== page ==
Peabody debt dispute fizzles as coal prices rise

A view of mining operations is seen during a tour of Peabody Energy's Rawhide coal mine near Gillette, Wyoming, U.S. June 1, 2016. REUTERS/Kristina Barker/File Photo

CHICAGO (Reuters) - U.S. coal producer Peabody Energy Corp BTUUQ.PK said on Wednesday it is closer to exiting bankruptcy, with a debt dispute between creditors fizzling as a recent increase in coal prices boosts their chances for recovery.

Peabody filed for Chapter 11 protection in April, after a sharp decline in coal prices left it unable to service $10 billion of debt. A creditor fight launched by some of Wall Street’s most litigious investment funds, Aurelius Capital Management and Elliott Management, put the reorganization on hold.

Seven months later, prices for coal used to generate power and make steel have surged, particularly in Australia, where Peabody expanded with the $5.1 billion acquisition of Australia’s Macarthur Coal in 2011.

The surge means that secured lenders such as Citibank are now likely to recoup their investment, making a legal battle over how to treat long-term debt in calculating Peabody’s assets largely irrelevant.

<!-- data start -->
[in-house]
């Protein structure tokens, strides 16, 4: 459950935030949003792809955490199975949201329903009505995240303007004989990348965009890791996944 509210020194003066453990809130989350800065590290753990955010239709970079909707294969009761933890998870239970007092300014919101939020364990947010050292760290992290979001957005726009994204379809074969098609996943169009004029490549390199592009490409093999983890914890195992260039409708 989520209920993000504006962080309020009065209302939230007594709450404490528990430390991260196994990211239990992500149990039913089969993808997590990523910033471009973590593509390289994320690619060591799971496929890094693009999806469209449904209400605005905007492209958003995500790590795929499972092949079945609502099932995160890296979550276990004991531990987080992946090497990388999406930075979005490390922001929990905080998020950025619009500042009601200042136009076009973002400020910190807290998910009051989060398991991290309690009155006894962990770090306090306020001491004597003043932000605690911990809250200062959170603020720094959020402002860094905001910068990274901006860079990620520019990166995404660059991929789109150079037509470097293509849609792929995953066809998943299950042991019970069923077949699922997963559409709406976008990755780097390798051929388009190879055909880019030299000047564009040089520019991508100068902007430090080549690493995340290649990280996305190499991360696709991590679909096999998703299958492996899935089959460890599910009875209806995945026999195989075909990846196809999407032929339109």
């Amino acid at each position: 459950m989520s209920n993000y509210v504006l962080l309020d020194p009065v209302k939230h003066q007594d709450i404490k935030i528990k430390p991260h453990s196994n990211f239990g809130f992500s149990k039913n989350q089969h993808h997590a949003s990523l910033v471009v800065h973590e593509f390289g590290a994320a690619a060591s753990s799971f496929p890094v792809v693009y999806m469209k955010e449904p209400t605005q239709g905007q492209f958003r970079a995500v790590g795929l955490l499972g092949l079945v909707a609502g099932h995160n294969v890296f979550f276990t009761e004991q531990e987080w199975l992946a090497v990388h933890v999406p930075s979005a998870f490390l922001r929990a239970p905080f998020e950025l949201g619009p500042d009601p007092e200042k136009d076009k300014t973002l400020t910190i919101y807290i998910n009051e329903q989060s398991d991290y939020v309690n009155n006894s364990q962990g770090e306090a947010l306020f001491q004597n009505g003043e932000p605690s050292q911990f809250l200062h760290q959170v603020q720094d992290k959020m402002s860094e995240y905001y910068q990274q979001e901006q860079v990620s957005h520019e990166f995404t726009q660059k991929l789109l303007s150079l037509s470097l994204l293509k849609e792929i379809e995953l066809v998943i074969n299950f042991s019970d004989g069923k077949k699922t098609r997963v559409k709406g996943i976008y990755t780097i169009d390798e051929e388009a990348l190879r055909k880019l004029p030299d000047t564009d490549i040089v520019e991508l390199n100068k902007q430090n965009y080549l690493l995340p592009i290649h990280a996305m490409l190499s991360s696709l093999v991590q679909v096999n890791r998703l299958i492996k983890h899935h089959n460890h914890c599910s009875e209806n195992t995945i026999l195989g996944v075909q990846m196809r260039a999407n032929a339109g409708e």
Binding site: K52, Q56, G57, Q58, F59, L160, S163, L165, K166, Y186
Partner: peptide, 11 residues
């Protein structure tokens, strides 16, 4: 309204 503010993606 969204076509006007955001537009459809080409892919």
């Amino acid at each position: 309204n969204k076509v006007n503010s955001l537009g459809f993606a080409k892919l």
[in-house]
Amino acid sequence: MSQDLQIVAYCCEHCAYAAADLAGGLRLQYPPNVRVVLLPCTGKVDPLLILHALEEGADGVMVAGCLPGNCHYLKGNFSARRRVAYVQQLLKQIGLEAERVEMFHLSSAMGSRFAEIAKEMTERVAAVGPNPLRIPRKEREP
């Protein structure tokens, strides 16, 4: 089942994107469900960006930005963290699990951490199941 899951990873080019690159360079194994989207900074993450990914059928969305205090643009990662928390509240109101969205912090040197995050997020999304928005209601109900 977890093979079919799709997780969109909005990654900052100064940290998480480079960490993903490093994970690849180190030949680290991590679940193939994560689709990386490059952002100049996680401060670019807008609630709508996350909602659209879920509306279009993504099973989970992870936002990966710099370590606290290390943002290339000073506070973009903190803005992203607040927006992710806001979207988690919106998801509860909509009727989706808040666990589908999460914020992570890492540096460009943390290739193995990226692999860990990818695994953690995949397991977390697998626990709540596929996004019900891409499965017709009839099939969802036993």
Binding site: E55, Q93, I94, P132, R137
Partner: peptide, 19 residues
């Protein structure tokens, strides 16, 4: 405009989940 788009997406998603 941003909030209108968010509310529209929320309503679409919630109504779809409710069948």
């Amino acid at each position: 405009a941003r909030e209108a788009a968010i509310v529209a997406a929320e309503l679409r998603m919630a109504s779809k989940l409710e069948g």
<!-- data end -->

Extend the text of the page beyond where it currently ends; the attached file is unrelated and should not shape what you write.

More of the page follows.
This brings Peabody one step closer to reaching a consensual bankruptcy reorganization.

On Wednesday, Peabody said the company was working to resolve the dispute that pitted its secured lenders against unsecured creditors, including distressed debt hedge funds Aurelius and Elliott, who were seeking a larger share of Peabody’s assets in the reorganization.

“The parties are working to settle the (debt) issue as part of broader negotiations regarding the plan of reorganization,” Peabody spokesman Vic Svec said in an emailed statement.

Peabody expects to file its reorganization plan by mid-December and hopes to exit bankruptcy within a year of its April 2016 filing, Svec said.

Peabody’s shares, which fell to a record low of $0.55 after its Chapter 11 filing in April, reached $10.70 in over-the-counter trading on Wednesday.

Reporting by Tracy Rucinski; Editing by Steve Orlofsky